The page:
Fig. 6  Gradiometer survey showing RR8b leaving the north gate of Isurium to the bridge over the R. Ure, with roads heading northwest (RR8b) and possibly to Malton. Image courtesy of Prof. Martin Millett, © University of Cambridge, 2018

It has generally been considered that the road from York simply went straight through the town and emerged from the west gate. Ivan Margary went as far as to say that the north westward alignment passed straight through (Margary, 1973, p.428) which, given that the town is not even close to being aligned with the road, is clearly impossible. The probable alignment of RR720b approaching the town from the west strongly suggested to the current author that a bridge north of the town was highly likely, with roads leading from it both north (Dere Street) and northeast, possibly to Malton. In 2015, the University of Cambridge survey proved that this is indeed the case, showing that Dere Street emerges from the north gate, not the west, passing through another large suburb to a bridge over the R. Ure (fig. 6). Before it passed through the north gate, there may have been a milestone, as the top portion of one was found during excavations in 1924, 50m south of the north gate. This may not be anywhere near its orginal position, and the lower part of the inscription is lost so there is no distance recorded.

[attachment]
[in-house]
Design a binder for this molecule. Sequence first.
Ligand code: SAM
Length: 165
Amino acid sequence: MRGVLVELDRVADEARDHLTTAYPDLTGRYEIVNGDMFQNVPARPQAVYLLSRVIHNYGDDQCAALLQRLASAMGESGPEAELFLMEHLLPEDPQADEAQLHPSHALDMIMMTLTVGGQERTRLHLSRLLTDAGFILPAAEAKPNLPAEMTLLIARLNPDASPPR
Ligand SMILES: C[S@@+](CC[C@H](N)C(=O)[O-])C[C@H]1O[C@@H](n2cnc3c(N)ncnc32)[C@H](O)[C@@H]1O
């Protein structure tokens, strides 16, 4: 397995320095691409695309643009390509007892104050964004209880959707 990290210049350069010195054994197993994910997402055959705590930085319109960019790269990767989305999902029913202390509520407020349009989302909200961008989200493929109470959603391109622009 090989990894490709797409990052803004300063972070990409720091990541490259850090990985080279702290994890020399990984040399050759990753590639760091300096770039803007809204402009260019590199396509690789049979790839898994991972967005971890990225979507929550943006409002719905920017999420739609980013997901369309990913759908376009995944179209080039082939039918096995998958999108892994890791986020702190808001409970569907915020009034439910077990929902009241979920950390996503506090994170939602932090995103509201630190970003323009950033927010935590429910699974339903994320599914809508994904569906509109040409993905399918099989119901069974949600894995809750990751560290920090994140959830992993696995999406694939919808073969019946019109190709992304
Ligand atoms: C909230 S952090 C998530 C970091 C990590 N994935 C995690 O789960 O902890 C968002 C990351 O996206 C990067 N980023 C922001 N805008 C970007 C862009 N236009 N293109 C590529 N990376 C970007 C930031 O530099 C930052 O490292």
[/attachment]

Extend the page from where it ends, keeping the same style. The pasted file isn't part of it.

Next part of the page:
On the northern bank of the R.Ure, the flanking ditches of Dere Street can be seen clearly on the geophysical survey heading north west through Milby, along with another road heading north east (fig. 7). It is hard to see any relationship between Dere Street, as built, and the early fort at Roecliffe, a mile to the west along the R. Ure, leading to the suggestion made by Mike Bishop that there may have been an early precursor to Dere Street to the west, possibly an Iron Age route or a hastily built lightly metalled Roman structure, usually coined proto-Dere Street.